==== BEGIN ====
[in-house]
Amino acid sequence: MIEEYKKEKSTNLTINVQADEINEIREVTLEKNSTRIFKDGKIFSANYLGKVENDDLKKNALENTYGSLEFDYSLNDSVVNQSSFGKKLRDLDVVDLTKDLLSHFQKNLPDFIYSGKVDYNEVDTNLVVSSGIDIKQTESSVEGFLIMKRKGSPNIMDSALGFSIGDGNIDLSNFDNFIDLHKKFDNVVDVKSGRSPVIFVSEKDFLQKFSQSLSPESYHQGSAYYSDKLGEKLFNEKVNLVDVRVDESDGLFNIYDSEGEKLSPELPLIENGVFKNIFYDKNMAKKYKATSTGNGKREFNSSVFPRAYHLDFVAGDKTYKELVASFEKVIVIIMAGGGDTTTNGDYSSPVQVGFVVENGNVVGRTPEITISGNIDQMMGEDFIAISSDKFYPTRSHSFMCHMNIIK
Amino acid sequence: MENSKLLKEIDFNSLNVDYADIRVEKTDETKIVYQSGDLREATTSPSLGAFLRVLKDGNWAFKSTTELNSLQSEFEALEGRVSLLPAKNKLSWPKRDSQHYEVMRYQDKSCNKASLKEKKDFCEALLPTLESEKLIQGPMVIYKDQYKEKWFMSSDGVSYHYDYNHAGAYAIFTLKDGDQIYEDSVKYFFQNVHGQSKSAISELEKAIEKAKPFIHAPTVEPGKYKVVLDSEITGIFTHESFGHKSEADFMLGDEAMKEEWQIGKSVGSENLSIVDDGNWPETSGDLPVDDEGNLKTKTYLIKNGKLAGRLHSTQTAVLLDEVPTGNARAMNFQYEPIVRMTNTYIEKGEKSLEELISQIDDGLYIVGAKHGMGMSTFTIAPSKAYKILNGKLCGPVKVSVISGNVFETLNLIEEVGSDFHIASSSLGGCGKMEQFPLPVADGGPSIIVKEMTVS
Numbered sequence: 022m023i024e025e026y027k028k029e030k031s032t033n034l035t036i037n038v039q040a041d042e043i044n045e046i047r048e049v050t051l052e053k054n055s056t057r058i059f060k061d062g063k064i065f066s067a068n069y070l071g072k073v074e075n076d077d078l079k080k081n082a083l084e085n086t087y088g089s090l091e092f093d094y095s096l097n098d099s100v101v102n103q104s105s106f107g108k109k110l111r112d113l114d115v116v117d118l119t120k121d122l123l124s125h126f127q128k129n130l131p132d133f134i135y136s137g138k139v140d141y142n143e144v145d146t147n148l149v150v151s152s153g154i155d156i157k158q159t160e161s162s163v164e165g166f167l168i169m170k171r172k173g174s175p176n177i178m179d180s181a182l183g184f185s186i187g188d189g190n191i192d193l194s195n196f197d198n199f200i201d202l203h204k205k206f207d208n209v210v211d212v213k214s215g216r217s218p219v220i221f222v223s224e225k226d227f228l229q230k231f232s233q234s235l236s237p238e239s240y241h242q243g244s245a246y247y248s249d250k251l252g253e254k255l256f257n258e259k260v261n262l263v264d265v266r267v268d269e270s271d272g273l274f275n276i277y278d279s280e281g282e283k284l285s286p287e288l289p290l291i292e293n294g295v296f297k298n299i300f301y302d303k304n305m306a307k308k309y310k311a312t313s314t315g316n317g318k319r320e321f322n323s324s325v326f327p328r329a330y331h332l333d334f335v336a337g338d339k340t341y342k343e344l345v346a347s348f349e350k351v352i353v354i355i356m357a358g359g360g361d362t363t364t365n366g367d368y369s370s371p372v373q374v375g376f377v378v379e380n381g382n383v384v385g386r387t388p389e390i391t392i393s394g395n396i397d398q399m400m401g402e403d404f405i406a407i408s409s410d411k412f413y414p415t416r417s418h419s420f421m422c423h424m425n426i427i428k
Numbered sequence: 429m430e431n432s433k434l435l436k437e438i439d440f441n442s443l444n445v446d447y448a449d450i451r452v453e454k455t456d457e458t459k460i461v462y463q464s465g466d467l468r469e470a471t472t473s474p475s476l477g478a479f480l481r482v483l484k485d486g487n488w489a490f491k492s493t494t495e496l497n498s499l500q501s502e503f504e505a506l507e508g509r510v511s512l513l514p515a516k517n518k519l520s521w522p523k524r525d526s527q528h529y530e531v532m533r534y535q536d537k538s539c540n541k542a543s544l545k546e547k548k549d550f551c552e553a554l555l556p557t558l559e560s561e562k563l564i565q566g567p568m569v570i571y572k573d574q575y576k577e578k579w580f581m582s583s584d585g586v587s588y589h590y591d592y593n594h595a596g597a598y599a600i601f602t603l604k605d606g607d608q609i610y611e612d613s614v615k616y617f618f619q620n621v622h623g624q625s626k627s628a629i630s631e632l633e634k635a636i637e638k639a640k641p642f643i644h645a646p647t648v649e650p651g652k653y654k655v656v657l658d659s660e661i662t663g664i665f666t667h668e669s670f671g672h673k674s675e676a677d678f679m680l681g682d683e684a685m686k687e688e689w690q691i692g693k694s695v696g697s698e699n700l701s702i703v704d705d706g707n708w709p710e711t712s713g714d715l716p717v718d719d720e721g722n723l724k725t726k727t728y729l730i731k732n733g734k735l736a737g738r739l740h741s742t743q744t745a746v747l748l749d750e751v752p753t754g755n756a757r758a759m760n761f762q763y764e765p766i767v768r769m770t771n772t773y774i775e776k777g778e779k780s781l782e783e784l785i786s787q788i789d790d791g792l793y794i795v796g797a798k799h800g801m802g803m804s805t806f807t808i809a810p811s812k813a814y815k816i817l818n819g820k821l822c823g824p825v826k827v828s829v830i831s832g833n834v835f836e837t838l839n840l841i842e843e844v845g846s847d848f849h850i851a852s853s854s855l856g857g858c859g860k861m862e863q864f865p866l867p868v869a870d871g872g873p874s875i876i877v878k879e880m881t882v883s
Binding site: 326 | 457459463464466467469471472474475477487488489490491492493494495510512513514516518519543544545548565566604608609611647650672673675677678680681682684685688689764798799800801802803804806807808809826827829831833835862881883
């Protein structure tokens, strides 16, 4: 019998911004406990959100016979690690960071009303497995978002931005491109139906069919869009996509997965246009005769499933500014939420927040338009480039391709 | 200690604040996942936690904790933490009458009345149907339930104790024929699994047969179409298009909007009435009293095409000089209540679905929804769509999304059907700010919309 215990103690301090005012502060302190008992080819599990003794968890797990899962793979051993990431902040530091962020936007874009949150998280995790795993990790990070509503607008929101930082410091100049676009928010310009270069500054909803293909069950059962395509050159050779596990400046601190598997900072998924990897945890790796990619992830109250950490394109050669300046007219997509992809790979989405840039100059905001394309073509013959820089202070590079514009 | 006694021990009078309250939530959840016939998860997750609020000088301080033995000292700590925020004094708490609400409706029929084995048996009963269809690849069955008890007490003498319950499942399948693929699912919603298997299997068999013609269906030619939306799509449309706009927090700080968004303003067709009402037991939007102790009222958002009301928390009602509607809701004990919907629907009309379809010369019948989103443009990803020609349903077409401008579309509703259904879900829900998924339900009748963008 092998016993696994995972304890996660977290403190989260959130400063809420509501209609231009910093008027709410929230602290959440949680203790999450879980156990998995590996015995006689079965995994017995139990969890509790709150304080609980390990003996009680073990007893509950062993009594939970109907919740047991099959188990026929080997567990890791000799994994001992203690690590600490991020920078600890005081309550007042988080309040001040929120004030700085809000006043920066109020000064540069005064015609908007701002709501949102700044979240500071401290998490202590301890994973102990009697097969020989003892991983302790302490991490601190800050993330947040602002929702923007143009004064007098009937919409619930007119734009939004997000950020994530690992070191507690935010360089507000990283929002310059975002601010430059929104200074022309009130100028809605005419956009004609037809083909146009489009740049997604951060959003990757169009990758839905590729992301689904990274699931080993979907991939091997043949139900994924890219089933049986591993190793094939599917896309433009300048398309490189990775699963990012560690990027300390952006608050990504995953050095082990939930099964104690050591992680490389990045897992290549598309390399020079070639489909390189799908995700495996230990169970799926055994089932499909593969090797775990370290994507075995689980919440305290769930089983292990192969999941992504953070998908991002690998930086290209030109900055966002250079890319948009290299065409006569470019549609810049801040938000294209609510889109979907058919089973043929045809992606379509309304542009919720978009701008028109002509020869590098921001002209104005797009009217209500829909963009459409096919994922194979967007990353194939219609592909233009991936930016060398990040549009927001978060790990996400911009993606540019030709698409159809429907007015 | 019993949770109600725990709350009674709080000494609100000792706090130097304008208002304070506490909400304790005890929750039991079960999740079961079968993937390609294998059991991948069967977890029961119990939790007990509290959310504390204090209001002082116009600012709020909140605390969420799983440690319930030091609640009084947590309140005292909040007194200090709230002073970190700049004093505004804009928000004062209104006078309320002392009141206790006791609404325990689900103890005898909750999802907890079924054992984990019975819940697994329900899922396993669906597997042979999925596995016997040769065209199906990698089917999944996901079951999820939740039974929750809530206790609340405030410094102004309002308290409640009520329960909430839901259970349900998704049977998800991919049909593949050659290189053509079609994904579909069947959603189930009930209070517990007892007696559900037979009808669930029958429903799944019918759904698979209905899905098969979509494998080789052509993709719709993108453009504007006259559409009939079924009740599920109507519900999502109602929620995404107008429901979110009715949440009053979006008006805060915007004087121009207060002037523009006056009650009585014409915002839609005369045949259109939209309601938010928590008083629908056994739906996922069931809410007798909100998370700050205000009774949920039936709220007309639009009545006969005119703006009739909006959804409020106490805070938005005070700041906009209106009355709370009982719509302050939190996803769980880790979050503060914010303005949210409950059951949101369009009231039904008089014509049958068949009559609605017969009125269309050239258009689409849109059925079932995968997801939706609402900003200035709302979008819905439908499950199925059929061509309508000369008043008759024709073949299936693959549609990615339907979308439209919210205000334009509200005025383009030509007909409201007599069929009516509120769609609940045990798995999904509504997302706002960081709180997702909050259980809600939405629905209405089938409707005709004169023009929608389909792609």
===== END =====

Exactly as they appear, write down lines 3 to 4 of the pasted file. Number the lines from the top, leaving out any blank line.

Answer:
Amino acid sequence: MENSKLLKEIDFNSLNVDYADIRVEKTDETKIVYQSGDLREATTSPSLGAFLRVLKDGNWAFKSTTELNSLQSEFEALEGRVSLLPAKNKLSWPKRDSQHYEVMRYQDKSCNKASLKEKKDFCEALLPTLESEKLIQGPMVIYKDQYKEKWFMSSDGVSYHYDYNHAGAYAIFTLKDGDQIYEDSVKYFFQNVHGQSKSAISELEKAIEKAKPFIHAPTVEPGKYKVVLDSEITGIFTHESFGHKSEADFMLGDEAMKEEWQIGKSVGSENLSIVDDGNWPETSGDLPVDDEGNLKTKTYLIKNGKLAGRLHSTQTAVLLDEVPTGNARAMNFQYEPIVRMTNTYIEKGEKSLEELISQIDDGLYIVGAKHGMGMSTFTIAPSKAYKILNGKLCGPVKVSVISGNVFETLNLIEEVGSDFHIASSSLGGCGKMEQFPLPVADGGPSIIVKEMTVS
Numbered sequence: 022m023i024e025e026y027k028k029e030k031s032t033n034l035t036i037n038v039q040a041d042e043i044n045e046i047r048e049v050t051l052e053k054n055s056t057r058i059f060k061d062g063k064i065f066s067a068n069y070l071g072k073v074e075n076d077d078l079k080k081n082a083l084e085n086t087y088g089s090l091e092f093d094y095s096l097n098d099s100v101v102n103q104s105s106f107g108k109k110l111r112d113l114d115v116v117d118l119t120k121d122l123l124s125h126f127q128k129n130l131p132d133f134i135y136s137g138k139v140d141y142n143e144v145d146t147n148l149v150v151s152s153g154i155d156i157k158q159t160e161s162s163v164e165g166f167l168i169m170k171r172k173g174s175p176n177i178m179d180s181a182l183g184f185s186i187g188d189g190n191i192d193l194s195n196f197d198n199f200i201d202l203h204k205k206f207d208n209v210v211d212v213k214s215g216r217s218p219v220i221f222v223s224e225k226d227f228l229q230k231f232s233q234s235l236s237p238e239s240y241h242q243g244s245a246y247y248s249d250k251l252g253e254k255l256f257n258e259k260v261n262l263v264d265v266r267v268d269e270s271d272g273l274f275n276i277y278d279s280e281g282e283k284l285s286p287e288l289p290l291i292e293n294g295v296f297k298n299i300f301y302d303k304n305m306a307k308k309y310k311a312t313s314t315g316n317g318k319r320e321f322n323s324s325v326f327p328r329a330y331h332l333d334f335v336a337g338d339k340t341y342k343e344l345v346a347s348f349e350k351v352i353v354i355i356m357a358g359g360g361d362t363t364t365n366g367d368y369s370s371p372v373q374v375g376f377v378v379e380n381g382n383v384v385g386r387t388p389e390i391t392i393s394g395n396i397d398q399m400m401g402e403d404f405i406a407i408s409s410d411k412f413y414p415t416r417s418h419s420f421m422c423h424m425n426i427i428k